Lessons from The Go-Giver Influencer
Part of my daily gratitude practice reminds me of the wonderful people in my life, who encourage and influence me to greater heights each year. One of the most extraordinarily positive and influential people is my friend Bob Burg.
Long before my book, The Book of Mistakes, was published this year, Bob not only read it and endorsed it, but was the very first to interview me about it for his popular Go-Giver podcast. After the recording of that podcast was turned off, Bob was still giving me praise for the book and a double-dose of encouragement. That’s the way he is.
In my life, he’s a person of genuine influence.
You may know him from one of his many books. If you’re super-fortunate, you may have seen him speak live. And, if you don’t know him, well, today is a great day for you!
When Bob sent me the early draft of The Go-Giver Influencer: A Little Story About A Most Persuasive Idea, a new installment in the Go-Giver series, I read it that evening. It tells a powerful story and left me with several pages of notes to ponder. And I was honored that he asked me for an endorsement.
Since that book is out this week, I reached out to Bob with some questions about his new book and his perspective on the topic of influence.
“The single greatest people skill is a highly developed and authentic interest in the other person.” -Bob Burg
Be a Person of Genuine Influence
In Bob Burg terms, what does it mean to be a person of genuine influence?
Skip, influence itself – on a very basic level – can be defined simply as the ability to move a person(s) to a desired action, usually within the context of a specific goal. That’s its definition but not its essence. The essence of influence is “pull.” This as opposed to “push” (i.e., how far can you push a rope?). People with genuine influence don’t have a lot of push with people but rather a lot of pull. That’s because influence is really an attraction.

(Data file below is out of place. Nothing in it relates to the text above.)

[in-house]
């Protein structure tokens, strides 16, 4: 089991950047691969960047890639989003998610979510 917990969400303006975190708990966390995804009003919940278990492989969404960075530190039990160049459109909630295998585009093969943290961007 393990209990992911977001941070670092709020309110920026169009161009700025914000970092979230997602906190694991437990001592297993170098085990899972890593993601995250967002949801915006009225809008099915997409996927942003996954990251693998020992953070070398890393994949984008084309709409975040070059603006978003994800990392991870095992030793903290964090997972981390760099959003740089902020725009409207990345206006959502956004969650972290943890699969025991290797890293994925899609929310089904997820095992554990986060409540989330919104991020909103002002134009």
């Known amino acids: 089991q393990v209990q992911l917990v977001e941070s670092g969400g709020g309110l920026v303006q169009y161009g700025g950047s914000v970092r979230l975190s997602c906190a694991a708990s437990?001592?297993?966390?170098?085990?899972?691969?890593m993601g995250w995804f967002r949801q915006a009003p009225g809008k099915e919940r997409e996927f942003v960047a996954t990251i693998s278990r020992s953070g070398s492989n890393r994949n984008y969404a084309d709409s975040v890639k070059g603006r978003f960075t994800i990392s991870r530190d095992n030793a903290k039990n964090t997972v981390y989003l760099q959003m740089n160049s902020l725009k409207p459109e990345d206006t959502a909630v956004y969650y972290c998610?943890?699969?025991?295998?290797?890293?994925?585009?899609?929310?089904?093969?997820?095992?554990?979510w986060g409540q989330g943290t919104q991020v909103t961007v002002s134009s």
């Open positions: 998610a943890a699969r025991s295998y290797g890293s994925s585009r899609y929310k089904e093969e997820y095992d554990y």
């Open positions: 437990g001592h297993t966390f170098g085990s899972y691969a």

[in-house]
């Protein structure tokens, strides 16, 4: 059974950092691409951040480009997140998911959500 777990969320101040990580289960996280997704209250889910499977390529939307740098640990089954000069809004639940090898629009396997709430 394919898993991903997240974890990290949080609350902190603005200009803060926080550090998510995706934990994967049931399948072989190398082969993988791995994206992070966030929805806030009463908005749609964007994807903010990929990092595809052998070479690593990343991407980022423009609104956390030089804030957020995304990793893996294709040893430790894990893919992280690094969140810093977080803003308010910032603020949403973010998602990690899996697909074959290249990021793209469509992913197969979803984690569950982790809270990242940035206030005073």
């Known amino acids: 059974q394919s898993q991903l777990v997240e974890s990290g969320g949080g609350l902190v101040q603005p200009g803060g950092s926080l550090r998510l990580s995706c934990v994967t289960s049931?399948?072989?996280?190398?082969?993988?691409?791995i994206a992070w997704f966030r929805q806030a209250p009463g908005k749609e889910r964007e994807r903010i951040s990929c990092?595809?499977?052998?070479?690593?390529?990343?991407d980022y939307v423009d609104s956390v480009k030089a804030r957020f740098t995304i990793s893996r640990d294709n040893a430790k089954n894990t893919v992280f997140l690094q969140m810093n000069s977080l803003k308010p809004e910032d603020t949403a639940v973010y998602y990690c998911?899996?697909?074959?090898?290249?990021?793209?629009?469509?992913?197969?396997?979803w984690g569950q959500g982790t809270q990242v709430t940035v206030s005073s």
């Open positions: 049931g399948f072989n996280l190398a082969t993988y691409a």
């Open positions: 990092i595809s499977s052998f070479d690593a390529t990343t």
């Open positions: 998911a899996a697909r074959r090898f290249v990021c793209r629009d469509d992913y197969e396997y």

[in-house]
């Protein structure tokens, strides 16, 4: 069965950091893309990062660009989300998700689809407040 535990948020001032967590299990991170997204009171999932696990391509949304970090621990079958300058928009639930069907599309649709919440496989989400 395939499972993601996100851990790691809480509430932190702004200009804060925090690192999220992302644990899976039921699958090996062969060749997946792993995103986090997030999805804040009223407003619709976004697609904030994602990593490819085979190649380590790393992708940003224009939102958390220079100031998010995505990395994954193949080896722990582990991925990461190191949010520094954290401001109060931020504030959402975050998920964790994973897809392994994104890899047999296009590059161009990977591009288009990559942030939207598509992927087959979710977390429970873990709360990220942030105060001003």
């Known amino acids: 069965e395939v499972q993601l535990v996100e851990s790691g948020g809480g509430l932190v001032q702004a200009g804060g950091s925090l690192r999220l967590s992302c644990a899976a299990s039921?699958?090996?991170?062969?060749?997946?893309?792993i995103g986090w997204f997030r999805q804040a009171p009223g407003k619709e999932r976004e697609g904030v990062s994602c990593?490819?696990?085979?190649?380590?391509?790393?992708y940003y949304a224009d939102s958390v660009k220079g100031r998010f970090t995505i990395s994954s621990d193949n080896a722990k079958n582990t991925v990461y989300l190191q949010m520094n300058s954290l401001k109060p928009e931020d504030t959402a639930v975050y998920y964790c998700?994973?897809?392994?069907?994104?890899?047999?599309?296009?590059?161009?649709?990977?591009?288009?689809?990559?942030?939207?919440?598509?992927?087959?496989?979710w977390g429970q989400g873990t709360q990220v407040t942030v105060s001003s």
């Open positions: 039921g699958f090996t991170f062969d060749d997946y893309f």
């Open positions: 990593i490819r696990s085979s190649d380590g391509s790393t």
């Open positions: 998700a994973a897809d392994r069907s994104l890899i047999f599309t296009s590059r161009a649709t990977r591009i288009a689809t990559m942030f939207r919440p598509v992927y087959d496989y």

Great influencers, genuine influencers, attract people first to themselves and only then to their ideas. And they do this through discovering what that other person wants, needs, desires, and values. And they ask themselves questions to ensure that that is their focus.
They don’t do this as a form of manipulation, in order to self-centeredly get people to do their will, but rather as a way to build and serve everyone in the process.
Genuine influence itself is really then the ability to attain the results you want when working with or dealing with others but in such a way that everyone comes away from the situation far better off than they were before—and just as importantly, that all parties feel good about the results, about each other, and about themselves.
“Your influence is determined by how abundantly you place other people’s interests first.” -Bob Burg & John David Mann
The story is one that starts with adversarial negotiations between two characters. Was this negotiation based on a real one?
While not based on one specific event, it was indeed based on the many, many similar scenarios that occur every day. The interesting thing in this case is that both characters had exactly what the other wanted and needed. So, it should have been a marriage made in heaven, right? Yet, it was anything but that. Instead, each conversation resulted in their being even further apart. And…neither one understood what the other person was thinking, never mind what would most likely result in their being agreeable to a solution. This leads into your next question.
“Retrain yourself to respond to conflict and disagreement by unruffling your feelings. Make calm your default setting.” -Bob Burg & John David Mann